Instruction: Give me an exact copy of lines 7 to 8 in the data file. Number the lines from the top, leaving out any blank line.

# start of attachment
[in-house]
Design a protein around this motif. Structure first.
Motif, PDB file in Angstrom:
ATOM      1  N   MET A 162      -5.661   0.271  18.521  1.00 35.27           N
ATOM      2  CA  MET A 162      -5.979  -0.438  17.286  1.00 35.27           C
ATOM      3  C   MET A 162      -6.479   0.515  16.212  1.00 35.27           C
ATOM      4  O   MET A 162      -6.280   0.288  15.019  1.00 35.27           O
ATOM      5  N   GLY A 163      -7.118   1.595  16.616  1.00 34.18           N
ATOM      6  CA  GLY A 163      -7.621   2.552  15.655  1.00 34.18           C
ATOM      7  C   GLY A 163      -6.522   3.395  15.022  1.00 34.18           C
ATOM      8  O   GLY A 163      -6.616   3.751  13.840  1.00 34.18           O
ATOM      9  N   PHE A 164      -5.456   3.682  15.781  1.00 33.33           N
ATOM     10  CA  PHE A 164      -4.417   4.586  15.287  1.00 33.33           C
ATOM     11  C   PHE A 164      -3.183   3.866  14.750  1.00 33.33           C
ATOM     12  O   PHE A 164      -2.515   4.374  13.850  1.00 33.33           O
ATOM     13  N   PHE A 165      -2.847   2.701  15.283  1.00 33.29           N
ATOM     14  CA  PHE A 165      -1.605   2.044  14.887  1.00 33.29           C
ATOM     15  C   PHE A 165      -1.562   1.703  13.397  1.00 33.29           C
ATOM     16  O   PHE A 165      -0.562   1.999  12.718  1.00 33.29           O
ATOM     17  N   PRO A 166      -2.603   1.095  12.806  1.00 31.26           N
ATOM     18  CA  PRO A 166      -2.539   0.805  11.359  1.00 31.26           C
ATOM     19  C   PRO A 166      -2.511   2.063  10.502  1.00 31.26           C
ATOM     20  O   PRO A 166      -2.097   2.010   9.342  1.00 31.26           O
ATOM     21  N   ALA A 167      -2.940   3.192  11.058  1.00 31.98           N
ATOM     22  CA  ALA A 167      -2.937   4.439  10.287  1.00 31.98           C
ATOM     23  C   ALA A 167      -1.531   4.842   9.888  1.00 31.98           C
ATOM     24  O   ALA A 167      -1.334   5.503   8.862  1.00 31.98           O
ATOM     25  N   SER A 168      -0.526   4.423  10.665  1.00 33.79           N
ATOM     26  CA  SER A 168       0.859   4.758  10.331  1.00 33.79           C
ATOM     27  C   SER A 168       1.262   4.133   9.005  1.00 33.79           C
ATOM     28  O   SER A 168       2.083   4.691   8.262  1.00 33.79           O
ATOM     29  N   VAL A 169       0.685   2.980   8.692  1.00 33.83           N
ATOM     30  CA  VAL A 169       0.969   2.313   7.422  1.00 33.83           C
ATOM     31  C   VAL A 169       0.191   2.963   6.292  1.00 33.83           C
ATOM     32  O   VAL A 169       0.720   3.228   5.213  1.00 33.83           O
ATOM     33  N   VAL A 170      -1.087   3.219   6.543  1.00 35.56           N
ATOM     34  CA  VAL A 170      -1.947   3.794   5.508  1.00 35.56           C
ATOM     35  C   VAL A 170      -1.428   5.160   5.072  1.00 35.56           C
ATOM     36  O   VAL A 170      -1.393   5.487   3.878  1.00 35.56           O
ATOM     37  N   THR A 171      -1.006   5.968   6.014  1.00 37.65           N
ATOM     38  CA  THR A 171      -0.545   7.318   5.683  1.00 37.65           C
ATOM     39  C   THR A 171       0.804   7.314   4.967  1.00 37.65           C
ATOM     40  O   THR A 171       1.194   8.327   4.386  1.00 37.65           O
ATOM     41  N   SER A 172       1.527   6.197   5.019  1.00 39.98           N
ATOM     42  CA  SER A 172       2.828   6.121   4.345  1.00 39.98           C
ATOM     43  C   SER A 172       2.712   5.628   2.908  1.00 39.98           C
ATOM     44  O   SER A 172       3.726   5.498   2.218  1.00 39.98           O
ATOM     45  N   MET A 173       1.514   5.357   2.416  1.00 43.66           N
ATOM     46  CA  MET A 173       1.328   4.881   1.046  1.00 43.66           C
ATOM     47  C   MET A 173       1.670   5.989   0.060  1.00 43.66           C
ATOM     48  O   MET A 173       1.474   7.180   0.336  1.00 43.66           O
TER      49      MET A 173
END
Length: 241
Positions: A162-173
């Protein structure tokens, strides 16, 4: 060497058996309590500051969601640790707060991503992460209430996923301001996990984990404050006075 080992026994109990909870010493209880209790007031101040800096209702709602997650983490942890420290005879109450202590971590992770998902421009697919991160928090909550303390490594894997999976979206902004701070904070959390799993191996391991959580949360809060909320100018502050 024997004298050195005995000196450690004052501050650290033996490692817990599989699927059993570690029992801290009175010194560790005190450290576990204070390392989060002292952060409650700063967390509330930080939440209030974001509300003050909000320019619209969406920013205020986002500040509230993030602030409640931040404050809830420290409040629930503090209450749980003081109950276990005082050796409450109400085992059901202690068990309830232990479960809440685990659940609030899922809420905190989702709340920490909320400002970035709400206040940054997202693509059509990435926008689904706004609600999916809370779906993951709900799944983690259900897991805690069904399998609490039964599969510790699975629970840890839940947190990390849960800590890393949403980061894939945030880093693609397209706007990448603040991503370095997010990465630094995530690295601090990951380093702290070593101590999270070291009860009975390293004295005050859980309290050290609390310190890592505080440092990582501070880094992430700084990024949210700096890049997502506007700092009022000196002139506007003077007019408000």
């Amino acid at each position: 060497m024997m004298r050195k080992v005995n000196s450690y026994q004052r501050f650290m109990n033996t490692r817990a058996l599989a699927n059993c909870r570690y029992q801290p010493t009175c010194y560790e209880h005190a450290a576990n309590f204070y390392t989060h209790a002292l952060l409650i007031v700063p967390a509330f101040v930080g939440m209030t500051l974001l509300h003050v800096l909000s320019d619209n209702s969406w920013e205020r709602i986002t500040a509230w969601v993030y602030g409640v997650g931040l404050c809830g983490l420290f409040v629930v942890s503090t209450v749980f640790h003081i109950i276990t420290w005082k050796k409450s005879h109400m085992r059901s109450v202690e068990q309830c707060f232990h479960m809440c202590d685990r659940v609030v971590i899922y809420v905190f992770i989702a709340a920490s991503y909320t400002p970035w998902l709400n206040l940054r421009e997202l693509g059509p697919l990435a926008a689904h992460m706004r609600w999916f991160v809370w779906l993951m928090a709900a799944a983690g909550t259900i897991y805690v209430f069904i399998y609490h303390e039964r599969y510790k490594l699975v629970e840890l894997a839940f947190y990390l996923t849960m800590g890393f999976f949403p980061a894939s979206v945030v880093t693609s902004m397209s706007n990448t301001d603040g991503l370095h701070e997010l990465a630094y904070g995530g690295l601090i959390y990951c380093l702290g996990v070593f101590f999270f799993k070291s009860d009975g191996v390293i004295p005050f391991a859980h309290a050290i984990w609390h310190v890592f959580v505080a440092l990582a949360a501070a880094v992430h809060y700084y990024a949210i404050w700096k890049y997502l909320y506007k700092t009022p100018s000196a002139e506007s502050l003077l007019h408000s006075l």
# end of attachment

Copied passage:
ATOM      4  O   MET A 162      -6.280   0.288  15.019  1.00 35.27           O
ATOM      5  N   GLY A 163      -7.118   1.595  16.616  1.00 34.18           N